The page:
During the light cycle, different wavelengths of blue and red light stimulate various plant functions from growth rates, flower formations, oil and scent production to the actual structure of the plant. But what wavelengths do what specifically? Luckily, some very smart people figured this out for us and we’ll go over that shortly.The better quality of light and the more leaf area exposed, the better the energy production, enabling the leaves to create and store as much energy as possible, as quickly as possible. This glucose energy is stored in the leaves throughout the whole plant. So take care when trimming those lower leaves, you may be removing possible “energy banks”.
When the plant has created and stored as much energy as it can, its “energy banks” are full. Anymore light after this time is potentially wasted. Enter the dark cycle. In this cycle, plants convert the glucose into more complex sugars (energy). Think of this process as digesting light. This is an important job, but the dark cycle still has more work to do.Plants are effected by the length of time that they are in darkness, not light. This is referred to as the photo period. The length of the photo period triggers a hormonal response that makes them want to reproduce (flowering/fruiting). So if we can control the length of time that a plant is exposed to darkness, then we can control its hormones… if only this was possible in teenagers.
Now, every plant is different, but most fall into 1 of 3 categories: Short Day, Long Day, and Day Neutral. It’s important to know which category your plant falls under when you’re programming your light timer. We don’t want that spinach to bolt, now do we?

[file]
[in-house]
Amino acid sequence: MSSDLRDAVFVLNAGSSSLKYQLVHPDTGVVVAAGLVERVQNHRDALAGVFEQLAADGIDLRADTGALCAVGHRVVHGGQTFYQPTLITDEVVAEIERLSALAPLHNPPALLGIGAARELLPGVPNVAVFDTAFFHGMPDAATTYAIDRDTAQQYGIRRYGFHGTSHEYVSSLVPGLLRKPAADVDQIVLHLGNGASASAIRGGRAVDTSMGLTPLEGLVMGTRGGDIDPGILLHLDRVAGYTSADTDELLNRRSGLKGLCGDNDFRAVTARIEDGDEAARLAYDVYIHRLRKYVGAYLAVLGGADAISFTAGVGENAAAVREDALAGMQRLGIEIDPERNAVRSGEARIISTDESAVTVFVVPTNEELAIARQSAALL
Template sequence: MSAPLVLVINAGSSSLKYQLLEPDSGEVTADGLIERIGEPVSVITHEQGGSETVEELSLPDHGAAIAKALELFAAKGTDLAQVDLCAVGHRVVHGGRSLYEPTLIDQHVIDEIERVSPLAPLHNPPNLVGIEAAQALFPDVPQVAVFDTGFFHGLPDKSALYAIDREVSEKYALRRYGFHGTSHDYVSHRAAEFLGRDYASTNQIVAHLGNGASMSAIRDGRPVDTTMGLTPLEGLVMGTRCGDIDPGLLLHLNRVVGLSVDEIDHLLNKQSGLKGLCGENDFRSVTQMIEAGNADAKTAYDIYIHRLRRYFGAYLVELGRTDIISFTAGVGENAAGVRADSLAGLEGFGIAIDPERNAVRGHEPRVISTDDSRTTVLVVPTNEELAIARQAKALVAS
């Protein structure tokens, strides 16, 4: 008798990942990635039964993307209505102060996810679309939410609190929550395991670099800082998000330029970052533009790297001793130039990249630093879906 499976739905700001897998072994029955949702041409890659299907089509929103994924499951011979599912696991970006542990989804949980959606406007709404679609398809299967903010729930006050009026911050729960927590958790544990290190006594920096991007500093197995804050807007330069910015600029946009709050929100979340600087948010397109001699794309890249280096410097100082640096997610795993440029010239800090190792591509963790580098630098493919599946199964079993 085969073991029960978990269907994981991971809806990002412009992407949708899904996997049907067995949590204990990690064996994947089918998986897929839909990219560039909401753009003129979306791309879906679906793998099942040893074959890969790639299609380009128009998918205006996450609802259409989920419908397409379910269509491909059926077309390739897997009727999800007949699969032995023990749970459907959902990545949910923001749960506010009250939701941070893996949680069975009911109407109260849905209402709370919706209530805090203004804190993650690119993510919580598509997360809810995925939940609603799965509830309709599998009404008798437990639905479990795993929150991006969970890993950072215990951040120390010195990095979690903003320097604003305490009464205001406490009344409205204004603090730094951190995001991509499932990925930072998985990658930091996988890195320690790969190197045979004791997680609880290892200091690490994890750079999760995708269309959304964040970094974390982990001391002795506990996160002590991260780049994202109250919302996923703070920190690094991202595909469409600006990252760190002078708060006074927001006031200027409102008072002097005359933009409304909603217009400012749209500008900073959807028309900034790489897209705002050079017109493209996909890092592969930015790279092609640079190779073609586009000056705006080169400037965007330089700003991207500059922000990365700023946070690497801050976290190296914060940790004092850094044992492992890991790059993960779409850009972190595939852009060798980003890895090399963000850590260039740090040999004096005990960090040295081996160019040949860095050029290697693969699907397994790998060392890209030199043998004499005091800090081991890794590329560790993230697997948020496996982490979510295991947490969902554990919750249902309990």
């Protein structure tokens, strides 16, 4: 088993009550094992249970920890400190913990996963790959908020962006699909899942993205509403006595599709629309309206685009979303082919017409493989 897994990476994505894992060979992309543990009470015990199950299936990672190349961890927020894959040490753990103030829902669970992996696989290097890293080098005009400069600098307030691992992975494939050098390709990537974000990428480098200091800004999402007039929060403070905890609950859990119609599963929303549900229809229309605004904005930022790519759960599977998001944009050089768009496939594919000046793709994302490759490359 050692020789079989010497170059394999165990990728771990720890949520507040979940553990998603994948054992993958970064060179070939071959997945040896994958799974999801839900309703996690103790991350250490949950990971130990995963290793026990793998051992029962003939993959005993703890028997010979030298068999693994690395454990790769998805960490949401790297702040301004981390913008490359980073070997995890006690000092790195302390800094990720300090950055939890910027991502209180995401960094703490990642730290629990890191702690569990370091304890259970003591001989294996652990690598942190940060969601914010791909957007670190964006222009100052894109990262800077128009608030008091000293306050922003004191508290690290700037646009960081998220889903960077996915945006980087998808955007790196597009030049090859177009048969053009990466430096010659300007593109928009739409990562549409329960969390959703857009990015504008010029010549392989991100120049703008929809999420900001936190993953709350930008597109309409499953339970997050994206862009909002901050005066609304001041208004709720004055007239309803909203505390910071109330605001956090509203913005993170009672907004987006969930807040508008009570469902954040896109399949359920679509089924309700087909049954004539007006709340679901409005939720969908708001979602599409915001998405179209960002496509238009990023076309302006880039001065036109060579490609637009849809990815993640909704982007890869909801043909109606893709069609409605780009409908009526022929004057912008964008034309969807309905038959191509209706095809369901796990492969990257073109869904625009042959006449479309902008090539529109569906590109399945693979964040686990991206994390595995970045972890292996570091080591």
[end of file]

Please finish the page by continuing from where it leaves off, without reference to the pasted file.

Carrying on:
Then you have to step up to a big, powerful, bad-ass High Intensity Discharge (HID) lamp. We know HID doesn’t really sound as cool as PAR, but we’ll take it. An HID system consists of 3 main parts: a ballast, reflector, and lamp.The reflector focuses the light in the preferred direction, making the light more efficient. They come in various shapes and sizes depending on how much area you want to cover. Always, always use a reflector.
The ballast is the driving force of the lamp, sending and controlling energy. It’s like the engine behind the bulb, without it no HID bulb can spark.
Of course, there are some drawbacks to HID lighting. A 1000W bulb can suck power from your house faster than a mosquito draining blood from a baby. HID bulbs also run very hot… like burn your plants hot. So please keep them 10-16 inches from your plants at all times. If you’re unsure how far, put your hand on top of your plants. If it’s too hot for you, it’s definitely too hot for them.You should replace your HID bulb every 60k hours, or once a year if used throughout. They tend to degrade over time, and your eyes may not notice a difference in the PAR spectrum, but your plants will. Keep it as a backup in case you run into an emergency situation.